By Amy Nicholson
By Amy Nicholson
By Heather Baysa
By Calum Marsh
By Stephanie Zacharek
By Alan Scherstuhl
By Simon Abrams
By Alan Scherstuhl
The X-Files is a movie that answers questions.... No, wait a minute: The X-Files is a movie that asks questions.... All right, The X-Files is a movie that makes me wanna ask some questions, like: What the hell does "Fight the future" mean? Look, I can understand "The truth is out there" -- a subtle double-entendre if ever there was one. But "Fight the future"? That promo tag line is intriguing without yielding any concrete meaning, just like The X-Files film itself.
Still, you've got to hand it to screenwriter-creator Chris Carter, cowriter Frank Spotnitz, and director Rob Bowman. Transplanting an ongoing TV series to the big screen is fraught with dangers, most of which the film version successfully skirts. Three especially perilous potential problems exist. First: How do you satisfy obsessive fans without totally baffling neophytes? Second: What can the film offer that everybody isn't already getting for free every week at home? And third: How do you deliver enough answers to the questions around which the TV show is constructed without scuttling the show itself?
The next two weeks of box-office receipts and Internet chatter will likely answer the first two questions. For those of us who are neither obsessive fans nor neophytes -- for the record, I've seen most but not all of the past two seasons' worth of TV episodes and a bunch of earlier ones via reruns -- the film is a satisfying entertainment, diverting and frequently amusing. The filmmakers have wisely followed the Star Trek II (1982) strategy, giving us a two-hour X-Files episode with better-than-TV production values.
That third matter is the stickiest wicket, and it's tricky to discuss without giving away central plot surprises. The movie opens with a prologue that invokes memories of Stanley Kubrick's 2001: A Space Odyssey (1968): It's 35,000 years ago, before there was a Fox Network, before there was a Fox Mulder, even -- let's face it -- before there was discernible human intelligence. After five minutes of spiffy, if confusing, action, we leap forward into the present, when at least two of those three developments have come to pass.
In a seemingly unrelated plot line -- it doesn't stay unrelated for long -- the protagonists, Fox Mulder (David Duchovny) and Dana Scully (Gillian Anderson), back to FBI fieldwork after the dismantling of the X-Files unit -- are scanning a government building in Dallas after a bomb threat has been phoned in. This sequence allows the filmmakers to do one of those things that TV can never deliver as well as the big screen: Blow stuff up good, real good. At the same time, there is something arguably distasteful about the way the film uses a deliberate simulacrum of the real-life Oklahoma City bombing as part of plot setup.
As so often happens on the TV show, Mulder soon realizes that this "terrorist" bombing is Not What It Seems; rather, it is yet another manifestation of the jumbled UFO/shadow-government conspiracy he's been tracking for the past five years on the small screen. Soon he is getting info from the possibly unreliable Dr. Alvin Kurtzweil (Martin Landau), as well as running into series semiregulars such as the Well-Manicured Man (John Neville), the Lone Gunmen (Dean Haglund, Bruce Harwood, Tom Braidwood), and Cigarette-Smoking Man (William B. Davis). Also showing up for the fun are Blythe Danner as an FBI official, Glenne Headly in a cameo as a barmaid, Terry O'Quinn as mysterious FBI agent Darius Michaud, and the great German actor Armin Mueller-Stahl as one of the cabal of Old White Males who seem to have taken over control of the universe from the Masons. Disappointingly, the popular Mitch Pileggi, the third most important character on the TV show, doesn't get to do much but glower and issue warnings.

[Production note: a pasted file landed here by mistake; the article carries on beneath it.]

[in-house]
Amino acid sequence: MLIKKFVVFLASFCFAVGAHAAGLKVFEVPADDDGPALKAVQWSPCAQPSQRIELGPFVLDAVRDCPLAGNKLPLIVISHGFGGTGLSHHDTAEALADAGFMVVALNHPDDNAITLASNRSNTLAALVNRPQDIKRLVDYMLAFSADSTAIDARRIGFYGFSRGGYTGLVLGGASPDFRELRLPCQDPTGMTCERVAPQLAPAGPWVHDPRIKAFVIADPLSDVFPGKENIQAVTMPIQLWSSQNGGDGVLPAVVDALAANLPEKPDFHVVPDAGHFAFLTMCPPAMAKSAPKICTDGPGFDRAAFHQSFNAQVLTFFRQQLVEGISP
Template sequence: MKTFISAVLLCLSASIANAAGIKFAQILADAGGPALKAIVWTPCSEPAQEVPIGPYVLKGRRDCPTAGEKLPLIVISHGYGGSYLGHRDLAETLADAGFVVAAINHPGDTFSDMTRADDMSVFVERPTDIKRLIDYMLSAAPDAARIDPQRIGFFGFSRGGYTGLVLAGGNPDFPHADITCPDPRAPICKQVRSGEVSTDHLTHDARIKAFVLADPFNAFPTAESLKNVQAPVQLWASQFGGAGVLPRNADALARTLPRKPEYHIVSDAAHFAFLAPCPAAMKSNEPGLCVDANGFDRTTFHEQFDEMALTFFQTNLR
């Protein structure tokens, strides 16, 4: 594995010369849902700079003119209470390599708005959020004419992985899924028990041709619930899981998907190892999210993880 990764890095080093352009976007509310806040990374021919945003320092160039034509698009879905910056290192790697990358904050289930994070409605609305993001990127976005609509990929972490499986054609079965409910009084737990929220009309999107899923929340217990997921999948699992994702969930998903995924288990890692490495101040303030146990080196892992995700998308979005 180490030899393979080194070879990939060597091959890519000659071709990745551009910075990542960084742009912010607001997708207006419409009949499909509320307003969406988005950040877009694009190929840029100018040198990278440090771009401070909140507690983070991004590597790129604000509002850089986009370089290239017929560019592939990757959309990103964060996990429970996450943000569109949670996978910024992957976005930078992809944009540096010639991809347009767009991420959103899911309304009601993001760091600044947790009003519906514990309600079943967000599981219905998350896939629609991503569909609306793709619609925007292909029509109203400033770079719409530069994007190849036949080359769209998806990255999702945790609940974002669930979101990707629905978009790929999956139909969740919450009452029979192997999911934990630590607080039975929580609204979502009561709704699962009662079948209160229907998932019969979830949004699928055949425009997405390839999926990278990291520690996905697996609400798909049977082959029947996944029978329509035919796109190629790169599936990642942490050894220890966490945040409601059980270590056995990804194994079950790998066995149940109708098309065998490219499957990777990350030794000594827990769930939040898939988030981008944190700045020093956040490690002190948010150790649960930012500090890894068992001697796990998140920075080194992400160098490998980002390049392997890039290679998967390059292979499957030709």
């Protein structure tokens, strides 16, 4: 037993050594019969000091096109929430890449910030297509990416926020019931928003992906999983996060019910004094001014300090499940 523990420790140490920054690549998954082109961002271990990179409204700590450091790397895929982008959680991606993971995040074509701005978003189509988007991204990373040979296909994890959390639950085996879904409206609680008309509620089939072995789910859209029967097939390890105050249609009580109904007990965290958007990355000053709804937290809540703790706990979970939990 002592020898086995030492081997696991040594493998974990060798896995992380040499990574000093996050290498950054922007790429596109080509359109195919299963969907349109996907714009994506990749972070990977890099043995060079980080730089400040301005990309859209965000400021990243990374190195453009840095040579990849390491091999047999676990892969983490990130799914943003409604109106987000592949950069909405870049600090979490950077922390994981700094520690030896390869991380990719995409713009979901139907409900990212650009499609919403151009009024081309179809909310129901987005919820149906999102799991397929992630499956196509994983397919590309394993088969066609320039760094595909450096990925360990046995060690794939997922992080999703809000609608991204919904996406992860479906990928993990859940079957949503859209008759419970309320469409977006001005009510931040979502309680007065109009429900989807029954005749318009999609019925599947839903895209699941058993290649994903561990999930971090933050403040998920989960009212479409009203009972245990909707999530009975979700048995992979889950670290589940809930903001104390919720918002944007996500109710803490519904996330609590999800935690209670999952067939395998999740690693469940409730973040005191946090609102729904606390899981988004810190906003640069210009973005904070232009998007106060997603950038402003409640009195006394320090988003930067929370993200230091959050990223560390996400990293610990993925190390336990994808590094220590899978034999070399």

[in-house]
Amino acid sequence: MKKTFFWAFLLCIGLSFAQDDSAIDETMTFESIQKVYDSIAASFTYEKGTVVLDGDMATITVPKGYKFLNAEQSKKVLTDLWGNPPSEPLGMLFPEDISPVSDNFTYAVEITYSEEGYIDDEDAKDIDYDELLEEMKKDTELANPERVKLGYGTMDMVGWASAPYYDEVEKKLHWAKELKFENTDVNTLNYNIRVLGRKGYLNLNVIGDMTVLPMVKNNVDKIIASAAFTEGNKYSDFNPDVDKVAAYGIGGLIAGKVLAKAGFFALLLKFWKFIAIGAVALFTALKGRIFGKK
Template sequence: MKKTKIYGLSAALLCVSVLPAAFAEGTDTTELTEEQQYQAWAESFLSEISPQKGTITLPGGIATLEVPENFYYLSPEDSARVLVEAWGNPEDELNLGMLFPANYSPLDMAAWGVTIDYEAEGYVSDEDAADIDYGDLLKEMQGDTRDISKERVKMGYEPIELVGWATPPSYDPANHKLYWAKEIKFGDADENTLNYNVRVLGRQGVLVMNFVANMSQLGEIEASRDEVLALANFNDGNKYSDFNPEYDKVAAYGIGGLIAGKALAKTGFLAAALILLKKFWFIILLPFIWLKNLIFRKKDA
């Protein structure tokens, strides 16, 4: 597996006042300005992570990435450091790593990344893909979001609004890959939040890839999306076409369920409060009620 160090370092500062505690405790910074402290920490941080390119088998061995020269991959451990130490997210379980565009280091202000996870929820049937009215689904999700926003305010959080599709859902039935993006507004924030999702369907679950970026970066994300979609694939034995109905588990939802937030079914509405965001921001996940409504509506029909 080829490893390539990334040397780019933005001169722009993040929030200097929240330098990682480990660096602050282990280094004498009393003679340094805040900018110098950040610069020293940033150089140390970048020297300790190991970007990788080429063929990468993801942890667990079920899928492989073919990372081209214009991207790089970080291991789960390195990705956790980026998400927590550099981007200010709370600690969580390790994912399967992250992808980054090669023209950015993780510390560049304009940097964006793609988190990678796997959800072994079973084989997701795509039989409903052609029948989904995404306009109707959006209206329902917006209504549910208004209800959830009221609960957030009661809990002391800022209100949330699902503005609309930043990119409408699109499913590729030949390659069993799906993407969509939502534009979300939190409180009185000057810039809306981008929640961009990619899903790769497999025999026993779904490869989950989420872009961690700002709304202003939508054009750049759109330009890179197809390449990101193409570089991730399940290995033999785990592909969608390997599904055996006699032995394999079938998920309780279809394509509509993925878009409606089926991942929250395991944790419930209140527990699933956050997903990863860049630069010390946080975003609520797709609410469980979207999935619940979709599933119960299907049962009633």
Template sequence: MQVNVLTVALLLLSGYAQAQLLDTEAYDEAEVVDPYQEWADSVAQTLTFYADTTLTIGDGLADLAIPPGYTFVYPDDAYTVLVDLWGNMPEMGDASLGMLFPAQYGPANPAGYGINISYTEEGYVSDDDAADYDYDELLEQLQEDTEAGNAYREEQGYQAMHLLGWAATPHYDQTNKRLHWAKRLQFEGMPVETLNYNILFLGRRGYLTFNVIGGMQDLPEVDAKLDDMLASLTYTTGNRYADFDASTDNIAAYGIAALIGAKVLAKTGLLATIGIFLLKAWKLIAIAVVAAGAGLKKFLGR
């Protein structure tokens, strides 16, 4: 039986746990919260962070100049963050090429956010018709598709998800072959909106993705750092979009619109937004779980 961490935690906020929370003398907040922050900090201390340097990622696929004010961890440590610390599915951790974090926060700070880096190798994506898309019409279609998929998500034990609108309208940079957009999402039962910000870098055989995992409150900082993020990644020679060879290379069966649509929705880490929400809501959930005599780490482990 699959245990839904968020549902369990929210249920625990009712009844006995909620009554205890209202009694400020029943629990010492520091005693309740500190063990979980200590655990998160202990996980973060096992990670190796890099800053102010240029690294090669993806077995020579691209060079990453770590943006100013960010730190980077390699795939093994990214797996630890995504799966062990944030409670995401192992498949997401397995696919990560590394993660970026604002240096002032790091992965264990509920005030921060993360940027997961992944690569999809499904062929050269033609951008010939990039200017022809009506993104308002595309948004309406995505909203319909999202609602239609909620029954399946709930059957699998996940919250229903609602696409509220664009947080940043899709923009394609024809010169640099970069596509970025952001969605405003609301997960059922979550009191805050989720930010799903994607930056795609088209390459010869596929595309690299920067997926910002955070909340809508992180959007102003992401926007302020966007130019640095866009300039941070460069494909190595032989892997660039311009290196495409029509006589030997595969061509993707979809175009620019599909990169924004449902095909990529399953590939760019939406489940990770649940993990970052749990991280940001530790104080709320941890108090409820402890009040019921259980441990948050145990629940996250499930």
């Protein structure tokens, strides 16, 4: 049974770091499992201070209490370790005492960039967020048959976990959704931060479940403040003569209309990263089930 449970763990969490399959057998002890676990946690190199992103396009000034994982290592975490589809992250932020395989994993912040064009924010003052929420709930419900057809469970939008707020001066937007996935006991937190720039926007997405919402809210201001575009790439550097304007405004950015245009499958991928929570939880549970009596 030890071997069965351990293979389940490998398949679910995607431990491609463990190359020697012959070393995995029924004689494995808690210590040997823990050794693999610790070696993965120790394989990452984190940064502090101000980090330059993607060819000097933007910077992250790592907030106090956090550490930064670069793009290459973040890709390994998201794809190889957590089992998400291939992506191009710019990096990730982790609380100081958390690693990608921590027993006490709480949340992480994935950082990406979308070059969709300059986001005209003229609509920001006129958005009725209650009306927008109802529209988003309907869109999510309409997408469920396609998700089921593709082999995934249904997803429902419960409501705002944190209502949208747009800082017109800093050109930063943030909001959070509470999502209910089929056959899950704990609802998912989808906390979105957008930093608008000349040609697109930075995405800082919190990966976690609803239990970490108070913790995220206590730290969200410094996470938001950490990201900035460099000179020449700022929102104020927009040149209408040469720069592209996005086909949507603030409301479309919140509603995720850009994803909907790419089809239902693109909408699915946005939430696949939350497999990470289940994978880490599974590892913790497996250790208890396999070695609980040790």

Most of The X-Files movie is good, clean, dopey fun. As has already been announced, the film does not consummate the potential Mulder-Scully romance, though the issue is touched on brief-ly and cleverly. There are several very droll moments, most notably Mulder's confession-exposition bit in a bar. And the character names are a hoot: Kurtzweil, Bronschweig, Darius Michaud.
But even by the standards of good, clean, dopey fun, this movie has some Godzilla-size plot holes. Why, for instance -- and I'll try not to give away too much here -- in the big climax does a security breach in a secret facility seem to trigger earthquakes? It's silly enough to stage a major catastrophe in order to destroy a roomful of evidence while disguising your intent. But to do it without succeeding at destroying the evidence, and then not follow up and finish the job -- well, that's just dumb. The plot is hard enough to follow anyway, and some really dark cinematography doesn't help. This egregious disdain for logic may make newcomers in particular throw up their hands in confusion.
While the movie does unequivocally clear up one of the show's ongoing mysteries, it leaves plenty of questions unanswered. And a number of central issues are barely touched on: There's only a brief mention of Mulder's sister, and there are no shape shifters.
Certainly it would have been impossible -- and disastrous for Fox's TV cash cow -- to clear up everything. As it is the situations have an overwhelming sense of familiarity to anyone who's watched even a few episodes of the show. The filmmakers even acknowledge this near the end: "How many times have we been here before, Scully?" Mulder asks. You almost expect her to reply, "Let's see. Five seasons so far, at 22 episodes per season. About 110!" But no such luck.
Directed by Rob Bowman. Written by Chris Carter and Frank Spotnitz. Starring David Duchovny, Gillian Anderson, Martin Landau, and William B. Davis.
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